I was flicking through YouTube the other day and was pleasantly surprised to see several recent live videos of the Scottish rock group Nazareth. They had a few hits in the early seventies but it is marvellous that they are still going strong with two of their original line-up including lead singer Dan McCafferty. My favourite from them is “Shanghai’d in Shanghai”. The original record version is below together with a live version from Norway in 2006.
Nazareth are currently touring over the next few months in Austria, Germany, Norway and Canada.
I’ve just sent an email to the Guardian’s Readers’ Editor, for the Corrections and Clarifications column. I’ll let the email speak for itself:
Dear Reader’s Editor
Guardian main supplement Saturday 29th May 2010 Page 27
Simon Hoggart’s week – picture at bottom of column 1
This photo is captioned as “Fowey, Cornwall”. In fact, it is a photograph of Polruan, Cornwall.
With best wishes
…Guido lost £500 on a bet that David Laws would stay in his cabinet post.
You’d have to have a heart of stone not to raise a grin at that….think of all the Guinness you could buy with £500!
…or maybe a fruit & veg vendor? One does wonder when one reads the strapline to the lead story on Page 1:
No 10 seeks to reassure markets as Lib Dem’s (sic) worry at loss of influence
Over the years, the main things I have learnt about David Laws is that he is extremely rich and extremely intelligent. A double first in economics from Cambridge, a VP at JP Morgan at 22 and multi-millionaire at 28. But he goes and does something which is mind-blowingly stupid. If he felt so strongly that he didn’t want to reveal his sexuality, he could have paid his own rent without claiming it. So why didn’t he? Why did he, since 2006, play with fire, relying on a finely nuanced interpretation of the rules which would have taken an extremely expensive barrister to argue successfully?…And that fire turned into an almighty conflagration waiting to burst into flames when he took over the Treasury secretary role. Why did he not do anything about it earlier? It is utterly baffling.
BBC Parliament yesterday repeated Osborne and Laws’ statements when they announcement the £6 billion cuts recently. There was Laws, at tremendous length, describing very precisely what cuts he would demand on, for example, things like rail fares for public servants.
It was then that I realised, with shattering clarity, that Laws had done the right thing, with great dignity, in standing down right away. He could not have gone on cutting jobs and expenditure while having this was hanging over him. It’s tremendously sad and I feel great sympathy for Laws and his friend during this terrible time. It’s a great loss for the country, as David Laws was almost uniquely to drag us out of the deficit in a humane way.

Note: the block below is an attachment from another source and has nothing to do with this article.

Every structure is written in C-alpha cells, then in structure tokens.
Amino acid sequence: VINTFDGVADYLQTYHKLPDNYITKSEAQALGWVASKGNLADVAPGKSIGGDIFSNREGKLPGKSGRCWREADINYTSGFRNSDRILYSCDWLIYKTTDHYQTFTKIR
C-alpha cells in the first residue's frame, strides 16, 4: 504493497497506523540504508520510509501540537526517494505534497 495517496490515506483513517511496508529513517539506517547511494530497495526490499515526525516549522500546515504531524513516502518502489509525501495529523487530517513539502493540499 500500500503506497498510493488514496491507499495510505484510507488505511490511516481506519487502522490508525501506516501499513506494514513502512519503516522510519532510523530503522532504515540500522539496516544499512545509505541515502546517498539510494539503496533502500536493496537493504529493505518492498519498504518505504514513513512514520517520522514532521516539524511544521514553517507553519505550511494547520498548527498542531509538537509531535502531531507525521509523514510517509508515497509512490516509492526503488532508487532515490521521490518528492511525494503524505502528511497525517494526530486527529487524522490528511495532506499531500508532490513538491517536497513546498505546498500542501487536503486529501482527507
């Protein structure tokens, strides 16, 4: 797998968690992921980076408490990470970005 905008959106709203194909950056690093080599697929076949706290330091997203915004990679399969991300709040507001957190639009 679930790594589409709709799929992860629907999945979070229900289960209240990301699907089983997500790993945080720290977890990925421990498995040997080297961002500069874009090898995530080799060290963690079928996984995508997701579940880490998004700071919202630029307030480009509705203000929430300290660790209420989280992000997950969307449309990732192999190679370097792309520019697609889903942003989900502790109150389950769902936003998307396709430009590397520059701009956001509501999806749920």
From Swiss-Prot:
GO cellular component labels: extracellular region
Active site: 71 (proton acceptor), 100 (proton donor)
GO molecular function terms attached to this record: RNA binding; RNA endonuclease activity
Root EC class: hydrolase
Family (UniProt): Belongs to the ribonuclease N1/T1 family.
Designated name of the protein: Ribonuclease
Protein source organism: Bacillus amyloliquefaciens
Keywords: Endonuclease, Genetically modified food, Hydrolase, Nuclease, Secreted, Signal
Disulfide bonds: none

But, one has to say, all the Oxbridge double firsts in the world don’t seem to stop people doing the most unbelievably mind-numbingly stupid things.
And yes, I have changed my tune from yesterday. So there.
And yes, the answer to the question in the title above is that we all do stupid things sometimes, myself definitely included. Unfortunately all the degrees, money and position in the world don’t innoculate us humble humans from stupidity.
When we finally hear what the Parliamentary Standards Commissioner has to say on the David Laws’ case we’ll finally know the truth of the episode.
I feel intensely sorry for David Laws and his friend. It seems that a desire to keep their private life private may – may – have caused a misjudgment by Laws.
I suspect his resignation was inevitable in the end. I am sure Laws will bounce back.
What is a great shame is that David Laws was almost uniquely placed to pull the UK out of its financial deficit in a humane way.
Of course, David Laws shouldn’t resign and/or shouldn’t be sacked. This is a most depressing furore and I wager that the Comissioner will not raise any eyebrows over this technicality of interpretation of “treat each other as spouses”. (Their relationship was not known to family or friends, they had separate bank accounts and social lives). Compare Laws’ episode with the thumping great flipping of Labour ministers such as Hoon. There was no question of Hoon being asked to resign so why the hell should Laws resign over a finely nuanced semantics issue, from which he made no personal gain?
If anyone wants to know the real motive behind all this, just have a look at the front page of the Telegraph today – i.e the hard copy version. A “secret lover” headline with photos of Laws and his friend. It’s disgusting.